Beyond Skyline (2017)

Rating: C

Dir: Liam O’Donnell
Star:  Frank Grillo, Bojana Novakovic, Jonny Weston, Callan Mulvey

When I put this on, Chris’s first question was “Why aren’t we watching Skyline first?” I had to explain to her that we had, in fact, already seen it. While this was, admittedly, close to seven years ago, it does go to show how little of an impact it made on her. And, in the event that we ever get round to watching the third entry in the series, Skylines, I fully expect to be fielding the question, “Why aren’t we watching Beyond Skyline first?”, because I don’t see this one sticking in the mind to any significantly greater degree. Admittedly, it did fix the issue with its predecessor, a story-line which I sad was “not so much thin, as anorexic.” If anything though, the problem has now gone too far the other way. There’s enough going on here for three or four movies; the film just needs to commit to one of them.

It seems to take place in parallel to the events of the earlier movie, with an alien invasion of Earth, and in particular, Los Angeles. The hero here is detective Mark Conley (Grillo, perfect for a live-action Duke Nukem), who is on the subway with his delinquent son (Weston) when shit kicks off. Film A sees them, and a group of other citizens, struggling through the increasingly blasted cityscape, before they get sucked up into the alien craft, in a way shamelessly ripped-off from War of the Worlds. Film B then begins, best described as “Die Hard on an alien spaceship,” with Conley and his Gun Of Infinite Ammo running about, looking for his son. Eventually, the film gets bored of this too, and the spaceship crashes to Earth in the Laos jungle. Conley survives despite no more protection than saying, “Hold on!” – albeit in a firm tone of voice.  Film C takes over, in which  a plucky band of humans come up with a way of defeating the alien invasion in ridiculously short order. And we finish with Film D, where the movie suddenly goes all kaiju, and has giant creatures battling each other around a temple complex.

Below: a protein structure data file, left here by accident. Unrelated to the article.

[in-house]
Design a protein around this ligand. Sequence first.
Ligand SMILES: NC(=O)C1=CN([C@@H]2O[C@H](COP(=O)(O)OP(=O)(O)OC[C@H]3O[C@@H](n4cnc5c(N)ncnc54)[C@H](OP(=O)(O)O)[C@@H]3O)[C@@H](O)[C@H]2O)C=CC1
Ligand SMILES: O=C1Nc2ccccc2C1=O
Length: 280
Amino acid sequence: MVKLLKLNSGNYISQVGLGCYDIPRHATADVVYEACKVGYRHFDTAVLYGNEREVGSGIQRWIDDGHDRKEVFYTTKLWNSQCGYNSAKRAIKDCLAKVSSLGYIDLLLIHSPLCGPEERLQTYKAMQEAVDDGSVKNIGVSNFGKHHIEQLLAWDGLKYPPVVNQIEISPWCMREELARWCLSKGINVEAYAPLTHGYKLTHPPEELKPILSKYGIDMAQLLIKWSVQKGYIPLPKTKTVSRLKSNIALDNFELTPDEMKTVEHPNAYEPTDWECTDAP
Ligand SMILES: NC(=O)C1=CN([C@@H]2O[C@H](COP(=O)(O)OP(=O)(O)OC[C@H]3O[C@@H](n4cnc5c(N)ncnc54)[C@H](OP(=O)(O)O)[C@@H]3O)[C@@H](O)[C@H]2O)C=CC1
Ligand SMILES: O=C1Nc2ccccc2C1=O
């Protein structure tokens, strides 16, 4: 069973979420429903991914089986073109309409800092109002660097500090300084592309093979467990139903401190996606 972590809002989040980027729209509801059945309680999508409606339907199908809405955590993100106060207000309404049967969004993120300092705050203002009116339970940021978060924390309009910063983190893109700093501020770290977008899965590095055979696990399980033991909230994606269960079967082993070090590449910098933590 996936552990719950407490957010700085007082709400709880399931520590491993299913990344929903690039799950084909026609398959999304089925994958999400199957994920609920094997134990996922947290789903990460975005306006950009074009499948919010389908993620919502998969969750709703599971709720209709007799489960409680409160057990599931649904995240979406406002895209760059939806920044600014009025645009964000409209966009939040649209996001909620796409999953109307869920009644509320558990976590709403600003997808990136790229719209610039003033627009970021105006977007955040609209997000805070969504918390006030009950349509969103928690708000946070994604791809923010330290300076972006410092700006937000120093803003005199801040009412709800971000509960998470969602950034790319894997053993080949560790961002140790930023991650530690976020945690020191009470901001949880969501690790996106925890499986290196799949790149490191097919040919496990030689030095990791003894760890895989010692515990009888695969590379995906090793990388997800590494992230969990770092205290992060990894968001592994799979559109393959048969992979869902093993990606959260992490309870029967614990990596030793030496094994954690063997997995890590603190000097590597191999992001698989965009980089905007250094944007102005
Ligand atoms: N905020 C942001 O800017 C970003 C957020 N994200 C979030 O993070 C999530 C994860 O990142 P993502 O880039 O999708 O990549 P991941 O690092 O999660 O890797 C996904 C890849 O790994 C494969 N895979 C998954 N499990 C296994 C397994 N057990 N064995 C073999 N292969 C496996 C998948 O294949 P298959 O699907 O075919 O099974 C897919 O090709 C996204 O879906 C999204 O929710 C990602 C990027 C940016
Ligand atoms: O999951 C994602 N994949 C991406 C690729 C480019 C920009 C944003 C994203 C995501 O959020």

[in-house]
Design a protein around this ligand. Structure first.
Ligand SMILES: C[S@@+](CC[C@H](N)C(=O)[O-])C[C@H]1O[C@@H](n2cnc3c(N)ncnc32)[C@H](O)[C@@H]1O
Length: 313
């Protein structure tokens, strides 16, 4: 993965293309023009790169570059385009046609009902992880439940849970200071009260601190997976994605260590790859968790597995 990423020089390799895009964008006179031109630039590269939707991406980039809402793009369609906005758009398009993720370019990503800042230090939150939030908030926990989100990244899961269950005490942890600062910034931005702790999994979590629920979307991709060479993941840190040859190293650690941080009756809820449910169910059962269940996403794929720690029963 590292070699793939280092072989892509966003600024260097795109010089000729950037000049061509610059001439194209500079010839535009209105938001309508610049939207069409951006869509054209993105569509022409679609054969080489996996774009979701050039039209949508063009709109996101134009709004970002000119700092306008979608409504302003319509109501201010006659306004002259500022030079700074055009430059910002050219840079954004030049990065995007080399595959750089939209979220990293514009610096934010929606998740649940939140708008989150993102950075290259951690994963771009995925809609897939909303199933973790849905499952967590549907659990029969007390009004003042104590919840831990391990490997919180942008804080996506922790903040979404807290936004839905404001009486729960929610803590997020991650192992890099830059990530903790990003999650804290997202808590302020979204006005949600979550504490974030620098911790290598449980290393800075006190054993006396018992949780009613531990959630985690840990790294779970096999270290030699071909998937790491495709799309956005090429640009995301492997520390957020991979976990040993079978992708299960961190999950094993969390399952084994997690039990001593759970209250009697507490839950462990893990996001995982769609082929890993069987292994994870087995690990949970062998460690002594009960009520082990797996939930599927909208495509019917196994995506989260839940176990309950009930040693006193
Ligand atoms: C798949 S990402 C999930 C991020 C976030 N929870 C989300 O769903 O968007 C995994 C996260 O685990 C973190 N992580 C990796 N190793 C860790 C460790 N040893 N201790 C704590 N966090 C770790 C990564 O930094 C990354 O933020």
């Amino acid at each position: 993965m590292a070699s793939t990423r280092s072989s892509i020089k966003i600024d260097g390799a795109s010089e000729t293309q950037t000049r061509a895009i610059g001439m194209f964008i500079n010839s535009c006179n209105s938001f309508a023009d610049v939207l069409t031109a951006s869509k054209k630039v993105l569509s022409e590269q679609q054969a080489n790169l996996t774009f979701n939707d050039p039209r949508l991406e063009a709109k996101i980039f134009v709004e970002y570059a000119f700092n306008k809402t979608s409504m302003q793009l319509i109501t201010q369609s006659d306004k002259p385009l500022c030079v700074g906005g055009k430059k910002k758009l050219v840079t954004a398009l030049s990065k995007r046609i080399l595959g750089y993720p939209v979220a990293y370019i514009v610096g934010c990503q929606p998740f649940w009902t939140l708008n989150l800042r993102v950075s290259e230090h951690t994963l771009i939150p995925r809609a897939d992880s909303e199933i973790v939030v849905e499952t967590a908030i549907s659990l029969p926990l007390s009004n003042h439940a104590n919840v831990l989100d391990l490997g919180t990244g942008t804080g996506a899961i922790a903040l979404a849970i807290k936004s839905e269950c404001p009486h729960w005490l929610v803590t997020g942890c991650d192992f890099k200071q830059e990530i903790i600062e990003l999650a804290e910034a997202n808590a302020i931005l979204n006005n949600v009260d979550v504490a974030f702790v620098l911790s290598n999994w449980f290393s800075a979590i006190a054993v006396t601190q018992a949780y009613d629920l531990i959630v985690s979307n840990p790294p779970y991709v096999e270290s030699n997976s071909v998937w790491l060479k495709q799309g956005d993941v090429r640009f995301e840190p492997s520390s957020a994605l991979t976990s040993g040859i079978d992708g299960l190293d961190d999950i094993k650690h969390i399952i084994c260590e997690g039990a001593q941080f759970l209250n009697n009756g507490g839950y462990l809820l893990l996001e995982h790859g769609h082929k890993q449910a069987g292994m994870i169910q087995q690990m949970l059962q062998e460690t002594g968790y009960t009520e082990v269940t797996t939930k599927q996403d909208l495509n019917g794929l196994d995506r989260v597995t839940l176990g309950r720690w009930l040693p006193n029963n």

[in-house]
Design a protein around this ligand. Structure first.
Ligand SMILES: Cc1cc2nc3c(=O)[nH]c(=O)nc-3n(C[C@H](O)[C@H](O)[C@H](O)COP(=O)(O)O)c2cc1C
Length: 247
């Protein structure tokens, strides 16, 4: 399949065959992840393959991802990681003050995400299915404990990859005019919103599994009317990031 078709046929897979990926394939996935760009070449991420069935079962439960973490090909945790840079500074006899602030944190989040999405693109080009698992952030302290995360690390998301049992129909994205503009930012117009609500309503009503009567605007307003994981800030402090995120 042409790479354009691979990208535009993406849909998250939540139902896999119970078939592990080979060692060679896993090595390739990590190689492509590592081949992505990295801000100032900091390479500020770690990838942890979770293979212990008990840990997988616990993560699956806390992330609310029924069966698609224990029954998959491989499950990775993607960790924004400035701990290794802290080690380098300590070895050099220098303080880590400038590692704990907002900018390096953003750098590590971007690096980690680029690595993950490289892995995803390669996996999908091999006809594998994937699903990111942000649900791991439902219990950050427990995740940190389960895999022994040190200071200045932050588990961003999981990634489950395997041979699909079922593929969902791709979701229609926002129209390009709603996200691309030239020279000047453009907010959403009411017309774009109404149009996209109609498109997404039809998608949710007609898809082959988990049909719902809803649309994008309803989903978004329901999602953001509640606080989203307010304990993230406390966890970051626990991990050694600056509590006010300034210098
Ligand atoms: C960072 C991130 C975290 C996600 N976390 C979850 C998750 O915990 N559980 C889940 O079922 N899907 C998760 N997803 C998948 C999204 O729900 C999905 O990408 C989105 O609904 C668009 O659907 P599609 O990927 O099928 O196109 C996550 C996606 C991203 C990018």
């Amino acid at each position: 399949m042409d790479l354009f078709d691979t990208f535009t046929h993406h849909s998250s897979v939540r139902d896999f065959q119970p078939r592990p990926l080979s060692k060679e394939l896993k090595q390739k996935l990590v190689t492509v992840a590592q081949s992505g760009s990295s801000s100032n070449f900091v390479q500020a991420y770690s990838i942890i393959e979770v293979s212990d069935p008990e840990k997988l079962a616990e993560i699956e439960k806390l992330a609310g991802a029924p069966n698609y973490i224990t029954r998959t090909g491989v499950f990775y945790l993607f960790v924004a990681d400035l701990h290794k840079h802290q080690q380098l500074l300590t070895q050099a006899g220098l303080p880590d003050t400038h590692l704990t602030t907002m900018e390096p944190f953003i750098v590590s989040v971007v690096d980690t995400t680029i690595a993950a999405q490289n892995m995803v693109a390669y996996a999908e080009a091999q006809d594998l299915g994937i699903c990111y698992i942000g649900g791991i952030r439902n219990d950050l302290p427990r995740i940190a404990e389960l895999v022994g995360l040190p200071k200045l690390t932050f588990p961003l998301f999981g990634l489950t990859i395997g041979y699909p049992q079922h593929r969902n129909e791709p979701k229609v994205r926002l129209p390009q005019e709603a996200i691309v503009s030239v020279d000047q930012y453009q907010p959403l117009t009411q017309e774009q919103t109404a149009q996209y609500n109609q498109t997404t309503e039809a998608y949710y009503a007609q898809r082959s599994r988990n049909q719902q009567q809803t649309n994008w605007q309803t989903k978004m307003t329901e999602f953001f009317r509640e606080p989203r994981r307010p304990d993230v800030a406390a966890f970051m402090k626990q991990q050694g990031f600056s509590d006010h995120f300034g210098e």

I’d not have minded watching any of them, with A and D particularly cool to look at. Any of them certainly would seem to have scope for greater exploration, and have been capable of sustaining a whole feature. But when a film apparently loses interest in its story, and feels the need to re-invent itself at twenty-minute intervals, it doesn’t create a lot of confidence in the viewer. Admittedly, the scripting here is pretty basic at best, making Independence Day resemble a work by Christopher Nolan. The characters never get above walking cliches, and I lost track of the number of derisive snorts I issued over the course of proceedings. Though as in the first film, the eye-candy proved sufficiently nutritious to stave off starvation. I was left with a deep appreciation for how decent Battle: Los Angeles actually was.